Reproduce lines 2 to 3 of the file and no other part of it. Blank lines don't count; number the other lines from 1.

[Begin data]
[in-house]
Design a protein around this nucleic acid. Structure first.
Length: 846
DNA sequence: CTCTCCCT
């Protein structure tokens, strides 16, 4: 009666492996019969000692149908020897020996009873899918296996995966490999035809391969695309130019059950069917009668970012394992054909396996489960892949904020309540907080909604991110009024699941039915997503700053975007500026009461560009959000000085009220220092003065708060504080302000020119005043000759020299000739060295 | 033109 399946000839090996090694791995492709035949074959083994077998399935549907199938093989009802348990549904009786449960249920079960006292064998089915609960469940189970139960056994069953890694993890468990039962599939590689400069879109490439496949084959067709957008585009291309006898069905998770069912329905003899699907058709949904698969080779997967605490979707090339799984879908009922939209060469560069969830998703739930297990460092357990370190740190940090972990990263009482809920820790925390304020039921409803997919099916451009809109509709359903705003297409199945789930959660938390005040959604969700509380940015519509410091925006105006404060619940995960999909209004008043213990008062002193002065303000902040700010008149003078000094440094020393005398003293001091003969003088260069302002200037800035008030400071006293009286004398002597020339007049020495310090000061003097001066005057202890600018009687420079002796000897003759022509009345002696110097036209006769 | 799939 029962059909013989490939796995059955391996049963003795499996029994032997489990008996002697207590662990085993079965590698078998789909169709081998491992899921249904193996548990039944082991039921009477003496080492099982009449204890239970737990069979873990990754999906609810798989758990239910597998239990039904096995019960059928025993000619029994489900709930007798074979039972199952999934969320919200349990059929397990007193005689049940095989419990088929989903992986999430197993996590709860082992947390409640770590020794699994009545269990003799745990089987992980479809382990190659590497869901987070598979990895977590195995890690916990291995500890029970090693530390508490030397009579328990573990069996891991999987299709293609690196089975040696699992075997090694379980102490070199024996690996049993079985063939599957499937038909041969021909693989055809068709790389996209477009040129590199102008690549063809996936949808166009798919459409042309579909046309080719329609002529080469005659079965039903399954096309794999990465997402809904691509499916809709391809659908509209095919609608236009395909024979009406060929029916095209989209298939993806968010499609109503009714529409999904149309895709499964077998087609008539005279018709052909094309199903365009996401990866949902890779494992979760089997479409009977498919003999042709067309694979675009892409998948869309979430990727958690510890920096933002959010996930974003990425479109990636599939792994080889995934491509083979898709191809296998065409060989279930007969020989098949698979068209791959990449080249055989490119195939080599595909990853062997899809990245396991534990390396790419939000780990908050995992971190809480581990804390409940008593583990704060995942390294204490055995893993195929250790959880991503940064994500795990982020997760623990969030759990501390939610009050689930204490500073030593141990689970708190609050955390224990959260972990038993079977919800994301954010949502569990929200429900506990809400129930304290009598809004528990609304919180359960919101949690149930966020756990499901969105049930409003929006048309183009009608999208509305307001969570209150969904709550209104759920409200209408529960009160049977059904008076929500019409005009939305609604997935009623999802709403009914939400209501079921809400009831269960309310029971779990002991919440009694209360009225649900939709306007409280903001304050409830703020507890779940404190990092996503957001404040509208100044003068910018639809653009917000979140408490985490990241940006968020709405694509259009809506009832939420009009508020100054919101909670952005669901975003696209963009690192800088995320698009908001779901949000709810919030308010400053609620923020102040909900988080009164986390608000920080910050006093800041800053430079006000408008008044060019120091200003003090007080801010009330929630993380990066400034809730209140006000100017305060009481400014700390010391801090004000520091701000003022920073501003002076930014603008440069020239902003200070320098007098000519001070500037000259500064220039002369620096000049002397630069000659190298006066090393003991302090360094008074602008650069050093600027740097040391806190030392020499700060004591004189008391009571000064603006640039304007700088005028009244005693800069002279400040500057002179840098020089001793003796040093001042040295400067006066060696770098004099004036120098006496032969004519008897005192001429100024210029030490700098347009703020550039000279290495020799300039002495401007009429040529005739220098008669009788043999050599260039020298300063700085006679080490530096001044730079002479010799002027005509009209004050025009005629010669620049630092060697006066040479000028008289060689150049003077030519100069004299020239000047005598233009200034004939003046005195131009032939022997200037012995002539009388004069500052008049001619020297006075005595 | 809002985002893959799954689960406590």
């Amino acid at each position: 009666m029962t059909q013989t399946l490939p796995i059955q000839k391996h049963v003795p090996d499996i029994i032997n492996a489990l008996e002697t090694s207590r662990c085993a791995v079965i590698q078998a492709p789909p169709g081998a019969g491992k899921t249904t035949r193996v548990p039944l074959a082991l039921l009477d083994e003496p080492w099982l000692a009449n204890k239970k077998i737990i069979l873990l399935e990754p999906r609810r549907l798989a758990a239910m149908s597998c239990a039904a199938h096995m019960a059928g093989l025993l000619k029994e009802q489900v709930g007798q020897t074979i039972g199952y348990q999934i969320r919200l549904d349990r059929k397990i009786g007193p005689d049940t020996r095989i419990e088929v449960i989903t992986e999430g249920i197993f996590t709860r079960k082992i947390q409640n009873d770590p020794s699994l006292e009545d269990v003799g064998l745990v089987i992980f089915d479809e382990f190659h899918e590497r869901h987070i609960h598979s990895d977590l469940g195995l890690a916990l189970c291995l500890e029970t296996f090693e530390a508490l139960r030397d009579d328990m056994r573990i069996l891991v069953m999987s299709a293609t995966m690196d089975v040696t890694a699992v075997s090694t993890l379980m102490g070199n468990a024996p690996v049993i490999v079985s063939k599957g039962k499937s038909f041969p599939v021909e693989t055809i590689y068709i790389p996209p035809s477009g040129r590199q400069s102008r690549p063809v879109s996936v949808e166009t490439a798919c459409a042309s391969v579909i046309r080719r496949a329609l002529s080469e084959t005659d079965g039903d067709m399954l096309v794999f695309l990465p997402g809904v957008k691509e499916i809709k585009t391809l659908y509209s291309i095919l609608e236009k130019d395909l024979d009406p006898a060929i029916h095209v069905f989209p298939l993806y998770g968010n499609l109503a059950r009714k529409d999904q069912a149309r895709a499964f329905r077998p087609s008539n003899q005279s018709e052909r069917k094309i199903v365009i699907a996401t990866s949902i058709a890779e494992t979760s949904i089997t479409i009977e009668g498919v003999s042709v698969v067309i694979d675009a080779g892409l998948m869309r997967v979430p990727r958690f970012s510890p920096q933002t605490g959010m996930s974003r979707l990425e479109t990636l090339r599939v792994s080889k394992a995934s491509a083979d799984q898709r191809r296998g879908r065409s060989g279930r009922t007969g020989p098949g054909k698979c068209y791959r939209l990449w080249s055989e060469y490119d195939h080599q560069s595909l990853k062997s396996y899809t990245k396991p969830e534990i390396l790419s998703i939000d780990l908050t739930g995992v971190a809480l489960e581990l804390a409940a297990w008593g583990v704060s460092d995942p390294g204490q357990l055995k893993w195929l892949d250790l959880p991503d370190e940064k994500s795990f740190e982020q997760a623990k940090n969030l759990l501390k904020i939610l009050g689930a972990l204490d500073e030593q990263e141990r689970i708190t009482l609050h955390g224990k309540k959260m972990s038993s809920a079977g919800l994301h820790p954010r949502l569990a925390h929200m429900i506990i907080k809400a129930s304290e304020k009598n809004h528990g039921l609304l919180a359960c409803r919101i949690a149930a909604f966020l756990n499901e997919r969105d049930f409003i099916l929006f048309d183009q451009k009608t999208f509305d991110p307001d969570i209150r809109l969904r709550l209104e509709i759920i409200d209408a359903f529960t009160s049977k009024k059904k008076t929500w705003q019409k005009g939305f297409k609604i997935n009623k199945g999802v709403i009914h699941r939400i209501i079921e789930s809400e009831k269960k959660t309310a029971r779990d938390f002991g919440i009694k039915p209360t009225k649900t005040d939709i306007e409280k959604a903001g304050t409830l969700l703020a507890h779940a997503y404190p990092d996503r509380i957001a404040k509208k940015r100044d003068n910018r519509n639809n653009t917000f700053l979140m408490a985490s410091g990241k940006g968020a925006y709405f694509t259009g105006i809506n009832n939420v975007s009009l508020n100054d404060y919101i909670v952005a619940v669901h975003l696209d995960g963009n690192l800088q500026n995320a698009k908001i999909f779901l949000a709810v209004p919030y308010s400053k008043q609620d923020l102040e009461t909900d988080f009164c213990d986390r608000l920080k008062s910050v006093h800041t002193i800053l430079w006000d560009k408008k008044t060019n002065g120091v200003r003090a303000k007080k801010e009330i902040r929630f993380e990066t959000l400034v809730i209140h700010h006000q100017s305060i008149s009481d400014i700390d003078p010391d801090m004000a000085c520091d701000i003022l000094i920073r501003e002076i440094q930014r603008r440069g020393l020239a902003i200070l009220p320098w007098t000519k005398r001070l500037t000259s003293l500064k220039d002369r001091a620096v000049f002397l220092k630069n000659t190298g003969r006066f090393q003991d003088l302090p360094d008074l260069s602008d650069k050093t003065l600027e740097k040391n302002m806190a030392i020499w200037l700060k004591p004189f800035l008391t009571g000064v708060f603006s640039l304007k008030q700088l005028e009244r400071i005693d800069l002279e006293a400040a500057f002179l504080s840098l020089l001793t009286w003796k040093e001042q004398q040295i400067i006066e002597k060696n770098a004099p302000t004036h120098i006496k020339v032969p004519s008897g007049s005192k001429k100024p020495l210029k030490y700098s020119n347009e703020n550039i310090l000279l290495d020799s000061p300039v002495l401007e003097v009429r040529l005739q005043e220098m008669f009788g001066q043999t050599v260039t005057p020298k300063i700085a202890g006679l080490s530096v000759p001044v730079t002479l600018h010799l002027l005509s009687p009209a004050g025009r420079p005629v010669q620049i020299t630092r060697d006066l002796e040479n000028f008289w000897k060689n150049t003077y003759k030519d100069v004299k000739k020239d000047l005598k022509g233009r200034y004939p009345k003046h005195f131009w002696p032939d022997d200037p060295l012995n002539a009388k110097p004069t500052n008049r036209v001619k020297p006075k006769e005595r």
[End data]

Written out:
Design a protein around this nucleic acid. Structure first.
Length: 846